feelings to someone you’re upset with when you have every right to be angry at them? Well, have you ever heard the expression “Forgiveness is for you, not them”? That statement has real credence in brain science. A constant state of anger can damage the brain due to the chronic release of hormones such as cortisol. It is important to take a moment and not only forgive yourself, but also forgive others if you are holding onto anger.

Of the three steps, though, researchers found that Step 2 was the most likely to be skipped. Participants said they could cultivate a feeling of love and send it to someone who had hurt them or with whom they were angry, but when it came to giving themselves the feeling of love, the responses ranged from discomfort to disgust. We tend to focus on everything we do wrong and not what we are doing right; we need to be kinder to ourselves. Vitally, though, those who skipped Step 2 did not show as resilient a brain in the scans.

Excerpted with permission from The Age-Proof Brain; BenBella Books.

58 HEALTH Yusuf Eser

“Doug’s market knowledge in the highly dynamic Aspen market is unparalleled.

I have bought and sold assets with him over the years, and his guidance has been essential in making highly accretive investments. In addition, Doug’s demeanor always makes him a complete pleasure to work with.”

Compass is a licensed real estate broker and abides by Equal Housing Opportunity laws. All material presented herein is intended for informational purposes only. Information is compiled from sources deemed reliable but is subject to errors, omissions, changes in price, condition, sale, or withdrawal without notice. Photos may be virtually staged or digitally enhanced and may not reflect actual property conditions. 970.379.9045 |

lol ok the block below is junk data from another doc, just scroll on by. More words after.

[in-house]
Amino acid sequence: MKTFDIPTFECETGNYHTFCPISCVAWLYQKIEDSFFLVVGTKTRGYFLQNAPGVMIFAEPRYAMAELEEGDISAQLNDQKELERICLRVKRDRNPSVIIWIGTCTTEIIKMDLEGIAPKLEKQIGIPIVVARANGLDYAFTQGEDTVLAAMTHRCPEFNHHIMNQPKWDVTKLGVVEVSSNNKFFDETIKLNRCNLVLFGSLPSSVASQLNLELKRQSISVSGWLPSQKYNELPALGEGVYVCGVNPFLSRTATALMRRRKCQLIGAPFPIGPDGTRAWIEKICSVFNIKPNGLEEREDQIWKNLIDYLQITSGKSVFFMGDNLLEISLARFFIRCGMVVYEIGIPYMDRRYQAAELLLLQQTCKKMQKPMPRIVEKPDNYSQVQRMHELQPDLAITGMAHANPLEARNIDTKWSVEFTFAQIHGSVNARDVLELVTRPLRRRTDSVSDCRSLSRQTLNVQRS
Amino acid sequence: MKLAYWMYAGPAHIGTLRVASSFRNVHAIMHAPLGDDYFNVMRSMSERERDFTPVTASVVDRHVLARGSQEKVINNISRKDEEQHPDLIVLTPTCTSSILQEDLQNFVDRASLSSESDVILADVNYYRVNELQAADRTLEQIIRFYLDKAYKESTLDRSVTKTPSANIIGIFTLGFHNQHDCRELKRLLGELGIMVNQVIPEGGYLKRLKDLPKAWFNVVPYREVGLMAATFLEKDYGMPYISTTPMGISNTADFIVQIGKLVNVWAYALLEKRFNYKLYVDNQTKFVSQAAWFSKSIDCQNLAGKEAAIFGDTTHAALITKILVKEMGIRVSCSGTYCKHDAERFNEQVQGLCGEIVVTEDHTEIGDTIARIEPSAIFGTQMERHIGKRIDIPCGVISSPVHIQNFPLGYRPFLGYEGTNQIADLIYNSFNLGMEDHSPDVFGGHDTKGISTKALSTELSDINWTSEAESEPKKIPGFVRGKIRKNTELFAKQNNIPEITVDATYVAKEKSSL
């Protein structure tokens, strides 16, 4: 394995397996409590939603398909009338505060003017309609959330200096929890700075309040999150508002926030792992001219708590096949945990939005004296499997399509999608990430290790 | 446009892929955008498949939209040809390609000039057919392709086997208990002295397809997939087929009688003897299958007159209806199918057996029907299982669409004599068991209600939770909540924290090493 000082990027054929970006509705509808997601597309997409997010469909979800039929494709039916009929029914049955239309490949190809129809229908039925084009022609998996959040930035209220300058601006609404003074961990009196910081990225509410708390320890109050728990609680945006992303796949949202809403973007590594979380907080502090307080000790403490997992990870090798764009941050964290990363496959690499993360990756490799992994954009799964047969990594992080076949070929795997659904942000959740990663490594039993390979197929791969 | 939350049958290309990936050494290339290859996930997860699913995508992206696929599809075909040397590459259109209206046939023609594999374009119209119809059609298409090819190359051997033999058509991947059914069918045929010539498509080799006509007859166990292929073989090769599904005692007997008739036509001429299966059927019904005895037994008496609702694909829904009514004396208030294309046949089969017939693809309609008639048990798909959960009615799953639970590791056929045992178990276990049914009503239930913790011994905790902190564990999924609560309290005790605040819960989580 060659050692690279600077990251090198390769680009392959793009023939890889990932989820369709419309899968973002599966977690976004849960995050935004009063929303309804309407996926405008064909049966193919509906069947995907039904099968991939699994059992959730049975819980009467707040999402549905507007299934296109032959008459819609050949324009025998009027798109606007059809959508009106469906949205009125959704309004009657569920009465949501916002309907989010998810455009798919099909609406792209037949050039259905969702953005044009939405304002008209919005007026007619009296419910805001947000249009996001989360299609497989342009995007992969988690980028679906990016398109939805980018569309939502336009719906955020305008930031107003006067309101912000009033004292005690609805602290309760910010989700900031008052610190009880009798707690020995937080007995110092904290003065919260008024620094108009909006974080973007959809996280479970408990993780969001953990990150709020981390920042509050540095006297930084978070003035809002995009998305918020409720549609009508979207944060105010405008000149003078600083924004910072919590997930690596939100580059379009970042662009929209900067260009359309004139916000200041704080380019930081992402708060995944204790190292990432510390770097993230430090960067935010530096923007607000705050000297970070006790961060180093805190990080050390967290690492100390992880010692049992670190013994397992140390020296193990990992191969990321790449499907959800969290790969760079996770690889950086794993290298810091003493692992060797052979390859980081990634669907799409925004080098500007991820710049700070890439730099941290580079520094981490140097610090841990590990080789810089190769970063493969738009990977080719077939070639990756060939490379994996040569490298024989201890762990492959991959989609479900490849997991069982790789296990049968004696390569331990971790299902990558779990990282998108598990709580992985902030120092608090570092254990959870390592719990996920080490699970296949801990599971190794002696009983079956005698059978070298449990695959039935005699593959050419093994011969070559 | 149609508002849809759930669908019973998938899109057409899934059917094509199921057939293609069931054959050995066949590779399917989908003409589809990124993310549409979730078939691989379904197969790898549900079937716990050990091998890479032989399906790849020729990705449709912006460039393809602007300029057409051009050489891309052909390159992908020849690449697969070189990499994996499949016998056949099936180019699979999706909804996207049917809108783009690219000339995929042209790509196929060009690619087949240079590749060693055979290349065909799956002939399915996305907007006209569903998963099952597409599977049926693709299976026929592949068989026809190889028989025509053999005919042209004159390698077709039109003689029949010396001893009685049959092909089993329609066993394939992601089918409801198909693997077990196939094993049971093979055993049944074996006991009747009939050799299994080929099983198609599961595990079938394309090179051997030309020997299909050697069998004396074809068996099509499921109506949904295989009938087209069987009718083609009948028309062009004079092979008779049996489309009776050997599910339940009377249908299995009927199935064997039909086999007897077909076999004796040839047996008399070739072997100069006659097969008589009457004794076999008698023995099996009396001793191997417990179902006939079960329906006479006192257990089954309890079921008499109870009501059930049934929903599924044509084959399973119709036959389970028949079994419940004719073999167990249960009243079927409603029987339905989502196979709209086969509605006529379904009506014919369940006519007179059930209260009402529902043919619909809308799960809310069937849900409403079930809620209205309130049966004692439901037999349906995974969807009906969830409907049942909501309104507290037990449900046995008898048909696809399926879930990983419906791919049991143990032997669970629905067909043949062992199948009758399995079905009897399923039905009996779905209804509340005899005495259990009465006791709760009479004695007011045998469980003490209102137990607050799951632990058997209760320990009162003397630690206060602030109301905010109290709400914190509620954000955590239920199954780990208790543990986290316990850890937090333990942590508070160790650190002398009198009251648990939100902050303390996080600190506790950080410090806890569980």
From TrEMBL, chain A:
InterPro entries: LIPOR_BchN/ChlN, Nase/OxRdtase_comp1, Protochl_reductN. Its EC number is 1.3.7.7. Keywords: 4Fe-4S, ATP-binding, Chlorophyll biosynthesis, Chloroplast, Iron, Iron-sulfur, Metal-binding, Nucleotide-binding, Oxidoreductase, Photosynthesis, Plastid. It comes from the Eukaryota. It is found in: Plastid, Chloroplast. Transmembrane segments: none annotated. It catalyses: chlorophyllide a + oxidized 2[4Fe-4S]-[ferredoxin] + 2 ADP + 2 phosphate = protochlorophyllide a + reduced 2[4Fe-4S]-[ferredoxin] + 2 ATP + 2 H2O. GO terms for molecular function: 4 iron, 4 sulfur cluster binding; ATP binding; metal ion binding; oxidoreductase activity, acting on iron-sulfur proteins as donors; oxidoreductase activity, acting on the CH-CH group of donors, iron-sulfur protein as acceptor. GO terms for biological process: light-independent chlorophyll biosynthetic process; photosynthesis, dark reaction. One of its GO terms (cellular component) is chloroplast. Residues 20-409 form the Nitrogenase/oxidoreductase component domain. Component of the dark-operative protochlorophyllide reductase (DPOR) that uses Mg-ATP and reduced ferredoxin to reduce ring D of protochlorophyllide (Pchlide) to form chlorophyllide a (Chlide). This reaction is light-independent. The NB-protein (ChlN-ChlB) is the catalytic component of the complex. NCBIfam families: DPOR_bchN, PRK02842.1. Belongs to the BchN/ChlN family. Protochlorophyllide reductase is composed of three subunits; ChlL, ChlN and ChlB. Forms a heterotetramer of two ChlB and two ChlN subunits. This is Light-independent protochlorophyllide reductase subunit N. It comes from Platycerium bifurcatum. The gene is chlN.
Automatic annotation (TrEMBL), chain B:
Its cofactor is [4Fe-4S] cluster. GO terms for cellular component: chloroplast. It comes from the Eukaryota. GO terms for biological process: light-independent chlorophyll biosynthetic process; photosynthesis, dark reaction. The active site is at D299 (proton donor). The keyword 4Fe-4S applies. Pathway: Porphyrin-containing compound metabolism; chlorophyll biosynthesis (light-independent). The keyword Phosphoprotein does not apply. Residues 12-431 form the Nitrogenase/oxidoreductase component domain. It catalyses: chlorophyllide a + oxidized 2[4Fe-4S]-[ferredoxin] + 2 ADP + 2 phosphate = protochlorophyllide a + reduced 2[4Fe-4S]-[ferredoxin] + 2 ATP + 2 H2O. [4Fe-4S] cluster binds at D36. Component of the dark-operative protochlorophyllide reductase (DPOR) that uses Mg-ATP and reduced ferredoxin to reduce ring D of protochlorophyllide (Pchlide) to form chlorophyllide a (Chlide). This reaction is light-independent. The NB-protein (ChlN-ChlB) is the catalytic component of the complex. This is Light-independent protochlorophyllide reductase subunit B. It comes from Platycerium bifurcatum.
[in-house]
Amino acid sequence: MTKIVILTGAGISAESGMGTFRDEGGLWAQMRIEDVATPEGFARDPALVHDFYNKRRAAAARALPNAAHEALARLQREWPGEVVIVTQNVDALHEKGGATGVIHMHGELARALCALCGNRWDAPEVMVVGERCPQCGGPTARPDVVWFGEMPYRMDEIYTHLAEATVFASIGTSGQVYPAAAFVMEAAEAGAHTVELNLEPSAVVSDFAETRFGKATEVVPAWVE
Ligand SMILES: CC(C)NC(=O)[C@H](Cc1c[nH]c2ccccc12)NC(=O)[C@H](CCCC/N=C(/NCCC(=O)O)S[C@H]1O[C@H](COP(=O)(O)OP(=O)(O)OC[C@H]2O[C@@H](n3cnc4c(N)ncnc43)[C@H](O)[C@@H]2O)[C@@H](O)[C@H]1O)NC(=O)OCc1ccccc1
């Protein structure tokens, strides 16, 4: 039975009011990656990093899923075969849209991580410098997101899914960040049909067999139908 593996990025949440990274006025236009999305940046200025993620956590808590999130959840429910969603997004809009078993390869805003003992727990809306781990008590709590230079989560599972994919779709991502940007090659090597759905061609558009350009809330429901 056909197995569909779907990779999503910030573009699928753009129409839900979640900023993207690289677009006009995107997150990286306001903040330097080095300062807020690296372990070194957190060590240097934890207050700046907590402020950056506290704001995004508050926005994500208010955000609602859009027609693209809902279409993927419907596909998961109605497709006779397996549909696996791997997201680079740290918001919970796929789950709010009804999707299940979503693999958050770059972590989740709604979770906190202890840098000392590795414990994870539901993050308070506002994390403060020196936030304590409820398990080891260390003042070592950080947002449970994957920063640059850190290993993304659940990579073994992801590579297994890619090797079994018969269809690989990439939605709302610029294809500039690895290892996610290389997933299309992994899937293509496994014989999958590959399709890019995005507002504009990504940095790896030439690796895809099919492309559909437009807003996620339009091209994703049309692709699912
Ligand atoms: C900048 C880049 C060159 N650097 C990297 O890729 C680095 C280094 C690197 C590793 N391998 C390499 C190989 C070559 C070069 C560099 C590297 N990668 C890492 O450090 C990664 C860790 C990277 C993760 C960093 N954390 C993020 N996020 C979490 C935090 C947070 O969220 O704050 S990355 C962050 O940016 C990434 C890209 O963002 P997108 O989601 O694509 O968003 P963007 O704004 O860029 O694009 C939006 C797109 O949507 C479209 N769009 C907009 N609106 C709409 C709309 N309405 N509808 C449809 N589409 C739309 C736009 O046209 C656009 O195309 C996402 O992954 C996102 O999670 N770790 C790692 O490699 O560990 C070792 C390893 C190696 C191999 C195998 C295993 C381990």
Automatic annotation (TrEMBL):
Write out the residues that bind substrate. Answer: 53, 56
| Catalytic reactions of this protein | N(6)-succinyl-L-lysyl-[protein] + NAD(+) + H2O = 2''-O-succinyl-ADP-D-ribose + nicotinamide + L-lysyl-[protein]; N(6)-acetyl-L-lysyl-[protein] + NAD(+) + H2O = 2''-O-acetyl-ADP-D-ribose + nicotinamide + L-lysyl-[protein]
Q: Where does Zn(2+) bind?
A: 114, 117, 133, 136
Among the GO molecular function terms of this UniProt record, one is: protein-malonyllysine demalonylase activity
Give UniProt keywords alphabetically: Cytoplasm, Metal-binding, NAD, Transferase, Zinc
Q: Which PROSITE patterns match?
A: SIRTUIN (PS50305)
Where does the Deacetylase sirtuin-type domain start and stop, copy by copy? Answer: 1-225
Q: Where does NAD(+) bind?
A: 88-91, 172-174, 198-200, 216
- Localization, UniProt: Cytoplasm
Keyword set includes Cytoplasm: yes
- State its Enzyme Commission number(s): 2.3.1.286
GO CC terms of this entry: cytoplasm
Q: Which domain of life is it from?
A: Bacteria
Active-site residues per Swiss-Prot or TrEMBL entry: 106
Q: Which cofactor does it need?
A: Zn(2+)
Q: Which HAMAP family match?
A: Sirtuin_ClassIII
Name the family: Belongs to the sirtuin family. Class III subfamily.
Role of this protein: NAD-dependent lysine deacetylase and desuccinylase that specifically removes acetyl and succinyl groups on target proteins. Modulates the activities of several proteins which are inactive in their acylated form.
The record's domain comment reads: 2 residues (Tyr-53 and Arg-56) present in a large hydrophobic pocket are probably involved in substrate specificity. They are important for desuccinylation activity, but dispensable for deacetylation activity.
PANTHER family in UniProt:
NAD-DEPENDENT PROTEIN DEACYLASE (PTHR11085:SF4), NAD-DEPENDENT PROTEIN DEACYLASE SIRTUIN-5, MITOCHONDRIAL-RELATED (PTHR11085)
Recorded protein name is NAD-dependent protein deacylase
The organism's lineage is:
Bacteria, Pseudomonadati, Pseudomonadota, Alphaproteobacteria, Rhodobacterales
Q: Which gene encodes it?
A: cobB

Melding lifestyle and luxury living in the Aspen Valley. Doug Leibinger...
ON YOUR NEXT ASPEN RETREAT Pursue the Peak Experience 970.544.8001 • • 400 East Main Street, Suite 101, Aspen, CO TOP: Our experienced team from left to right: Kathie Schulman, Marion Ferrara, Tracy Sutton, Jason Fishburn, Robert Calfee, Sara Sealey, Robin Gorog LEFT: Ute Avenue Mountain Home with Ski Access | RIGHT: Monarch House Aspen Colorado LUXURY VACATION RENTALS • CONCIERGE SERVICES • FULL-SERVICE REAL ESTATE ©2022 BHH Affiliates, LLC. An independently owned and operated franchisee of BHH Affiliates, LLC. Berkshire Hathaway HomeServices and the Berkshire Hathaway HomeServices symbol are registered service marks of Columbia Insurance Company, a Berkshire Hathaway affiliate. Equal Housing Opportunity.
Sustainability and beauty are tenets of a mirrored home in Pound Ridge, New York. Peter Aaron for Esto Photographics


A mirrored home in Pound Ridge brings out the best in its architect, builder, residents and environment. BY JIM SERVIN

The exterior of the home is polished stainless steel.


“They are great, adventurous clients,” says Jack Truman, president of Prutting & Company, who supervised the building of a 5,250-square-foot mirrored home nestled in a 33-acre forested enclave in Pound Ridge, New York. “They hired professionals to design a piece of art, and that’s what they got. It’s functional from the interior, and sculptural from the exterior.”

Six years in the making, the south-facing abode was planned with exquisite care, with equal regard for comfort, sustainability and minimal environmental impact. “There was a real push to build an energy-efficient building with triple-pane windows and a geothermal system—a highly efficient energy envelope,” says Truman.

The clients, a couple with grown children, loved the rocky outcroppings strewn across the property, boulders that have existed “from time immemorial,” says architect Jason E. Smith of the award-winning Philadelphia firm KieranTimberlake. But the terrain posed serious construction challenges. “With wetlands and steep slopes,” says Smith, “not much of the site was developable.” Architect, builder and clients eventually settled on a portion of the property just below a ridge, where glacial outcroppings reach a moment of flatness.

Into this space, three 24- x 60-foot structural volumes, insulated panels of zinc-coated copper, polished stainless

Peter Aaron for Esto Photographics Concrete slab floors continually radiate heat into the house. Between vertical windows, gallery panels display art.

steel and glass were placed—a single story for kitchen, living room, dining room and outdoor terrace, and a double-height enclosure for bedrooms atop a garage, workshop and wine cellar. The panels were assembled off-site and then dropped onto the foundation by a small crane, “rather than having 25 guys out there with nail guns and two-by-fours,” says Smith. “A lot of modern homes fight the land. They want to assert dominance over it. This is a different approach. We asked, ‘What can we do to work with the land?’”